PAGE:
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Court Colors question for Hiraizumi-dono and others

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  • Ii Saburou
    As I try to get a proper set of court clothes together, it strikes me that the change in colors is rather odd and would indicate less of a uniformity than one
    Message 1 of 1 , Feb 13, 2003
      As I try to get a proper set of court clothes together, it strikes me that
      the change in colors is rather odd and would indicate less of a uniformity
      than one might think. Okay, so individual edicts might be posted to bring
      people into line, but it would seem that something triggered such edicts.

      My question concerns the evolution of court clothing and what we do and
      don't know. How rigid was the system? Since length of the kyo grew over
      time, and the colors shifted, it would seem that there had to be some
      shifting and people wearing the 'wrong' colors at some times. In 664 AD,
      according to the chart on http://www.sengokudaimyo.com, Midori was the 8th
      rank color, but in 685 Koki midori was the 6th rank color and asaki midori
      was the 7th rank color. This looks like people brought their colors with
      them as they rose in rank, for whatever reason. Likewise the suo colors
      (Koki suo and Asaki suo) of the 8th and 9th ranks of 685 AD seem rather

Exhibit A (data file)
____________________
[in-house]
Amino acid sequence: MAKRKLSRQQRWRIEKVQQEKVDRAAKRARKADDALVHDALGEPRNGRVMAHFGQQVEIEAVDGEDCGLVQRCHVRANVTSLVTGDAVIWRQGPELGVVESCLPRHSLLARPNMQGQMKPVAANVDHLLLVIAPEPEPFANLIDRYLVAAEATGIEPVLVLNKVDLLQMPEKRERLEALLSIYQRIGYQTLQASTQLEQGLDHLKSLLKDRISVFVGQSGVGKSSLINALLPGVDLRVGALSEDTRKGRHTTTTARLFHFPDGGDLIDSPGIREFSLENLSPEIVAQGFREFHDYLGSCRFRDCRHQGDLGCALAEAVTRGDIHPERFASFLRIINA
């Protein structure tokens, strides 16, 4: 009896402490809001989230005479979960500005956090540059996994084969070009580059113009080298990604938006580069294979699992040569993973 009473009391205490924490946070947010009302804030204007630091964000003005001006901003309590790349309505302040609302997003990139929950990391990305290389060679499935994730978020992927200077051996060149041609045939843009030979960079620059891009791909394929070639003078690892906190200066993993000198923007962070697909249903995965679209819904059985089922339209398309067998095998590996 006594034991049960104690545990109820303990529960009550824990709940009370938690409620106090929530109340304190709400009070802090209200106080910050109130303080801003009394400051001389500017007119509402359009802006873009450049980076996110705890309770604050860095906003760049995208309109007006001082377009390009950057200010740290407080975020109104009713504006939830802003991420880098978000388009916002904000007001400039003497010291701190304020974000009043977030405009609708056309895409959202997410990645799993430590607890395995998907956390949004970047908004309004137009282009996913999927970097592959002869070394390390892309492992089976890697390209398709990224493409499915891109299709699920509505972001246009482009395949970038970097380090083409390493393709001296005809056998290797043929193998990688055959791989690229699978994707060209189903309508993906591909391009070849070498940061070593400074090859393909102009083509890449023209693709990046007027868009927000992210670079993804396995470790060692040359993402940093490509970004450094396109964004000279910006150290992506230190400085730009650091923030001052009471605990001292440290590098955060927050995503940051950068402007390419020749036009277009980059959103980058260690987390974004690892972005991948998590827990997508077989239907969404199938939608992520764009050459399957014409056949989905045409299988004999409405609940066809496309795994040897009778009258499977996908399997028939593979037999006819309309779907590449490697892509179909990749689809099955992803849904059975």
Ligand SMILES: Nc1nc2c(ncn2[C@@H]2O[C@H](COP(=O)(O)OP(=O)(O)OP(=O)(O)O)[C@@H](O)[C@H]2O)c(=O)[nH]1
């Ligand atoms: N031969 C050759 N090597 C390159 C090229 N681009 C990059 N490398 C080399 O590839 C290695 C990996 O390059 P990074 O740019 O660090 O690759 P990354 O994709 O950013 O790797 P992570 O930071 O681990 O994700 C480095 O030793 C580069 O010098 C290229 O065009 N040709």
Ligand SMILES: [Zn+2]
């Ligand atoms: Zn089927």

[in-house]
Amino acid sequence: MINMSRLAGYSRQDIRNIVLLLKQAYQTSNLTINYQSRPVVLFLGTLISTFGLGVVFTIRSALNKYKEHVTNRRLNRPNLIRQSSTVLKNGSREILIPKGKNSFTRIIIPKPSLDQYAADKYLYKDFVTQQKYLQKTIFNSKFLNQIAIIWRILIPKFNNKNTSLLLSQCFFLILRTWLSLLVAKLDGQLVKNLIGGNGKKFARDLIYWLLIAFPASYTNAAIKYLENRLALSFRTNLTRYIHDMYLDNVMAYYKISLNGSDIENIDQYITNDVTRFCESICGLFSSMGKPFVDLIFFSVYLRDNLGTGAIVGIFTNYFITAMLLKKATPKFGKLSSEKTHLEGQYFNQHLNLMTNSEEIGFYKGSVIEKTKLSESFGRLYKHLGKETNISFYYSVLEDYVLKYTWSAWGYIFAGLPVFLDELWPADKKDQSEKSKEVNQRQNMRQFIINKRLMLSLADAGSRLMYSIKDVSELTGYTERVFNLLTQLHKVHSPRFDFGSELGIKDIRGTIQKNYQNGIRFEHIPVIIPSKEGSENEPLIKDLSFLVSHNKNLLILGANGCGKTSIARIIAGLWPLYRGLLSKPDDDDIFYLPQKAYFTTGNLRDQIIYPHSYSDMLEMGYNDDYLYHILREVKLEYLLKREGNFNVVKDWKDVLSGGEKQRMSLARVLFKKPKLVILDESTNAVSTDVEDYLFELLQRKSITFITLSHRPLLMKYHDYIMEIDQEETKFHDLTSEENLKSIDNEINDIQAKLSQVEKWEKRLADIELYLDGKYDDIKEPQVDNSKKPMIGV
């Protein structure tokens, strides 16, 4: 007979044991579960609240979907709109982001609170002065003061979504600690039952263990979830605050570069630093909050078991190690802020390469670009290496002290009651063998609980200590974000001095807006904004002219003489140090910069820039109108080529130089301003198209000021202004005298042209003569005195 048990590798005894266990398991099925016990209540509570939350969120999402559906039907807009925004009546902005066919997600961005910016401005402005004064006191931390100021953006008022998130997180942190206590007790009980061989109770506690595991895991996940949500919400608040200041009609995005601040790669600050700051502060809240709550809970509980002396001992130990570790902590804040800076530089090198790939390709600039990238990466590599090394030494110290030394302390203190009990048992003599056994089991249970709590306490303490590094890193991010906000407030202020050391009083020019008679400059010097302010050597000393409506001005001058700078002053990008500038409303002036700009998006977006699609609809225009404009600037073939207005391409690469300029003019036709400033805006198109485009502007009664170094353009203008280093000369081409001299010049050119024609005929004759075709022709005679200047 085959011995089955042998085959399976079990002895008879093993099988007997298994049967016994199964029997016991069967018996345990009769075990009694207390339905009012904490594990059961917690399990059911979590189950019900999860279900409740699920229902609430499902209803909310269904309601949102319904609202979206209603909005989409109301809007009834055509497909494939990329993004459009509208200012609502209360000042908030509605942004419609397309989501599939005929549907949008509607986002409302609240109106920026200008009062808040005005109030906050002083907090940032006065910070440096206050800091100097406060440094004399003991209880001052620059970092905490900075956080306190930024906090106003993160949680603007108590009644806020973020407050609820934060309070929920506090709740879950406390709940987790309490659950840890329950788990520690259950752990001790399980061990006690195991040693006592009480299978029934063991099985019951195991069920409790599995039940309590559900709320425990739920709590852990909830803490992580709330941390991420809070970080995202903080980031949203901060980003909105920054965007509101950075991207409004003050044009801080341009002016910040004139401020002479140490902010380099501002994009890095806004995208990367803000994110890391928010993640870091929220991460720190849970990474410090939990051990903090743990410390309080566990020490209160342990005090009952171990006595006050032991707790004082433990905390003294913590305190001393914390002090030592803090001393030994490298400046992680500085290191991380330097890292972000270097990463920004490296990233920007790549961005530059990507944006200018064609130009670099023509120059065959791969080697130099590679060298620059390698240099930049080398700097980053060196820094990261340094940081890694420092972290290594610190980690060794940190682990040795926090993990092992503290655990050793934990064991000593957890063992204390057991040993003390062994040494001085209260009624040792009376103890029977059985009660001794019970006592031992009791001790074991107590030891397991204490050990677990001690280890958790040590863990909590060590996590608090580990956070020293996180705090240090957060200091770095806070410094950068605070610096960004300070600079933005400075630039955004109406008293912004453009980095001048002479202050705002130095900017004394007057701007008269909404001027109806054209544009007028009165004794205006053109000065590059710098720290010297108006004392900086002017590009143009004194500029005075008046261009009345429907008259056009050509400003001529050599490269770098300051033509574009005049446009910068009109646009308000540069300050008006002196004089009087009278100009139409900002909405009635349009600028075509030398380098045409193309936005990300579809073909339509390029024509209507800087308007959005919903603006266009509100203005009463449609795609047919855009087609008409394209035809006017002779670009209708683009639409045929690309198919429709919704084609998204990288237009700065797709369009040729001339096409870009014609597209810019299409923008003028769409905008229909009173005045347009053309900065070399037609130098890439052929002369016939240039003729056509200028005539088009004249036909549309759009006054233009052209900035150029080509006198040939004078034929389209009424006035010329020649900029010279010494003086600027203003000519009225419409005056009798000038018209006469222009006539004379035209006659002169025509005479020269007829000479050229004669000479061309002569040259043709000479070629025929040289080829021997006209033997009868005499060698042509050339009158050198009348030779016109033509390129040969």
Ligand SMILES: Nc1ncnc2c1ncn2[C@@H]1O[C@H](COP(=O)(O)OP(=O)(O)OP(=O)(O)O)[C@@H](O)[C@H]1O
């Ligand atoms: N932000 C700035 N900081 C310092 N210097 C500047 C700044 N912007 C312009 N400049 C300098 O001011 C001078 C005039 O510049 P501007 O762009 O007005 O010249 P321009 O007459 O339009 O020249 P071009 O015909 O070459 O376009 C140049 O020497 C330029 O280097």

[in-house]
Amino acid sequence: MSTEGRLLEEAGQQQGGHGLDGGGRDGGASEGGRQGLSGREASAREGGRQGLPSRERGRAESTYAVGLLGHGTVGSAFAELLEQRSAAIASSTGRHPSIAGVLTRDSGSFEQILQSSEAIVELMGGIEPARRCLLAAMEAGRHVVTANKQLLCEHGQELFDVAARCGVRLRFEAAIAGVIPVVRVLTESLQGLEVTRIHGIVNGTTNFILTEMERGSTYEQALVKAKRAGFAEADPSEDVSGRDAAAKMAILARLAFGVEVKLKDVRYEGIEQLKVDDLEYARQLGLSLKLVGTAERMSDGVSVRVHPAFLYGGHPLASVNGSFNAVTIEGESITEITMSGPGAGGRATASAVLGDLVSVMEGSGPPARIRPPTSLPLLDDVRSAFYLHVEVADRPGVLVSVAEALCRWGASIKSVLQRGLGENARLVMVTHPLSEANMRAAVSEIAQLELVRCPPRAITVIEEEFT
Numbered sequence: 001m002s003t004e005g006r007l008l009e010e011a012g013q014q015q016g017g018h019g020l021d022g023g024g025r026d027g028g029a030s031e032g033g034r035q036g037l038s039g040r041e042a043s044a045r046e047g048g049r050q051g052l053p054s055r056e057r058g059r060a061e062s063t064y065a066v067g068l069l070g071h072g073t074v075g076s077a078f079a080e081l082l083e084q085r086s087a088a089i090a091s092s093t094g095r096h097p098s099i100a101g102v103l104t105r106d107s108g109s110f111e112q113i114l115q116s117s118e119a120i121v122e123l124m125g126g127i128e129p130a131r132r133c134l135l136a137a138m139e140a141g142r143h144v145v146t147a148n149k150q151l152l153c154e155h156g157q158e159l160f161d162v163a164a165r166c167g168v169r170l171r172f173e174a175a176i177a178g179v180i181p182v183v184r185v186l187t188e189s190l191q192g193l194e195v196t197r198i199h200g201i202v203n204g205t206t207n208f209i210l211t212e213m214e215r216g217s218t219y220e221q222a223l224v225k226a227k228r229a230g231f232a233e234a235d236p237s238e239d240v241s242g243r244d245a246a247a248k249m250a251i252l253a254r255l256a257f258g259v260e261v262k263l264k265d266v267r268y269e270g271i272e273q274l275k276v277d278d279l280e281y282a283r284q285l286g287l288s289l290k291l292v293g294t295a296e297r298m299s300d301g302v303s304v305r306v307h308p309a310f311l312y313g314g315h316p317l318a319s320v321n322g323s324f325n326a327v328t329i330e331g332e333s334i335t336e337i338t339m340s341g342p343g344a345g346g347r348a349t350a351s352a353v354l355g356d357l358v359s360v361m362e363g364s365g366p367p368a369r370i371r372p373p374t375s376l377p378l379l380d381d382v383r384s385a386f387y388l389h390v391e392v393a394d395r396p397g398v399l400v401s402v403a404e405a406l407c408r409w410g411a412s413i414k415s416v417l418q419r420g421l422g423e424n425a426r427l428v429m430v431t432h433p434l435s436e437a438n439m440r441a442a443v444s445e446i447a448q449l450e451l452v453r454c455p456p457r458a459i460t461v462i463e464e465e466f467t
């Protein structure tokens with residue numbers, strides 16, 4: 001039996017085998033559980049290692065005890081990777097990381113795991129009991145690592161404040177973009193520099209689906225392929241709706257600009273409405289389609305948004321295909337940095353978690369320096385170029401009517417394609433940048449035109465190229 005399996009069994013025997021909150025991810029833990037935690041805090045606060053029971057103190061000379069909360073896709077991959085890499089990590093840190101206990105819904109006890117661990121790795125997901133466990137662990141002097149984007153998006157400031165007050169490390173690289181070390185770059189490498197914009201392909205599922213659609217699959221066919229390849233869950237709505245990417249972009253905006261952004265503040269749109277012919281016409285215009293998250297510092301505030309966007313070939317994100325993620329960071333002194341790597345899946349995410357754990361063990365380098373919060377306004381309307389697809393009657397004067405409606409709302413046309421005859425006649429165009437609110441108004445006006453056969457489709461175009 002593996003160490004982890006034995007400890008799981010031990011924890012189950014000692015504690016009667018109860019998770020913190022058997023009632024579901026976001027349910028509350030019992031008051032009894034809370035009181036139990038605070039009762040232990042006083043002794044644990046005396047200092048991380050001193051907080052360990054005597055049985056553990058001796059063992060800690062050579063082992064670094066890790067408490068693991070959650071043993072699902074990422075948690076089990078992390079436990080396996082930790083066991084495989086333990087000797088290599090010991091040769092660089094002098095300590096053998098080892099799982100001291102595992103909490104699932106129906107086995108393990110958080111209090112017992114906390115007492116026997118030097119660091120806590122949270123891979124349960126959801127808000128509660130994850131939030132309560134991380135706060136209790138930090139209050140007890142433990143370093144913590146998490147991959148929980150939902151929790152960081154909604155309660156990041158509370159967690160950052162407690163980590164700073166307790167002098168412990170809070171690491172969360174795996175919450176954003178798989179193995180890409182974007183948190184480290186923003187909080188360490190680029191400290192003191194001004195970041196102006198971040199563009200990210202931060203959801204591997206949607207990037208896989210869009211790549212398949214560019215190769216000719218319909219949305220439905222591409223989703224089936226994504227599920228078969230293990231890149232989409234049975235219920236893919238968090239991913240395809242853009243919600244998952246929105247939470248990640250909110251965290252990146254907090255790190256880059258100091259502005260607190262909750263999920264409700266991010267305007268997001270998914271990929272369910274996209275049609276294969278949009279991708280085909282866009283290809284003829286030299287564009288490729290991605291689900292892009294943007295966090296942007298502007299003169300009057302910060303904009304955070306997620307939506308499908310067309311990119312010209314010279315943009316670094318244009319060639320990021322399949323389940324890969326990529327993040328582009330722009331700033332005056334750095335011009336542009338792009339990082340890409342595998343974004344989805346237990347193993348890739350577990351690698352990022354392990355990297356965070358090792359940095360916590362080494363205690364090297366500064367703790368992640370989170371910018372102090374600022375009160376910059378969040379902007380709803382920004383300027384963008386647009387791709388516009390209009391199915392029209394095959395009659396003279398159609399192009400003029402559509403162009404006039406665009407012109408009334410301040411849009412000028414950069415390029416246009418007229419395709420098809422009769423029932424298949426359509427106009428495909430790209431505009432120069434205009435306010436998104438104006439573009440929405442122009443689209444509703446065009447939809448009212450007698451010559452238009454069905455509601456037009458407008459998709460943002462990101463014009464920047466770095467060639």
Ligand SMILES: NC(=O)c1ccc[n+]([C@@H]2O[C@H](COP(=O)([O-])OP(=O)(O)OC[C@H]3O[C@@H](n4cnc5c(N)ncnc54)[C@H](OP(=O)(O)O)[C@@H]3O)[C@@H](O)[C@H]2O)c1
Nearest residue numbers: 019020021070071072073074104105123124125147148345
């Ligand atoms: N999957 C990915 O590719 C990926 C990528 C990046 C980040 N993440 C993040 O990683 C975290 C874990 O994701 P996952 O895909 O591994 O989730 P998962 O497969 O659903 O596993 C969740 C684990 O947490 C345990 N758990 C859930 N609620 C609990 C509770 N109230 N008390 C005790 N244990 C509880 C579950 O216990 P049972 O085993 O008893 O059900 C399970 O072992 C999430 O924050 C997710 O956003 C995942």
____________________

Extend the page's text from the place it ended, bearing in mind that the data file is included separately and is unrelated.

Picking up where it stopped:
similar to the Kokiake colors of 664 AD.

      2nd and 3rd ranks appear to remain pretty constant until Kamakura, and by
      701 it looks (according to this particular chart) pretty constant until
      the Kamakura period. At that point we see only a minor adjustment in the
      colors of the 1st to 4th ranks--possibly because of the new warrior
      aristocracy?

      Any attempt I would make at rationalizing this would be mostly a wild
      guess, but I'm curious if anyone has done any research on the subject.
      Were these edicts issued and suddenly everyone was scrambling to get the
      new 'proper' clothes, or did bold trendsetters defy traditional clothing
      styles and start a new court fashion that was then put down into law?

      I do have to say, though, that the chart I'm looking at is hardly a
      chronologically balanced chart, and it might be interesting to chart it on
      a more visual scale that gave a better idea of how long between each edict
      it actually was.

      -Ii
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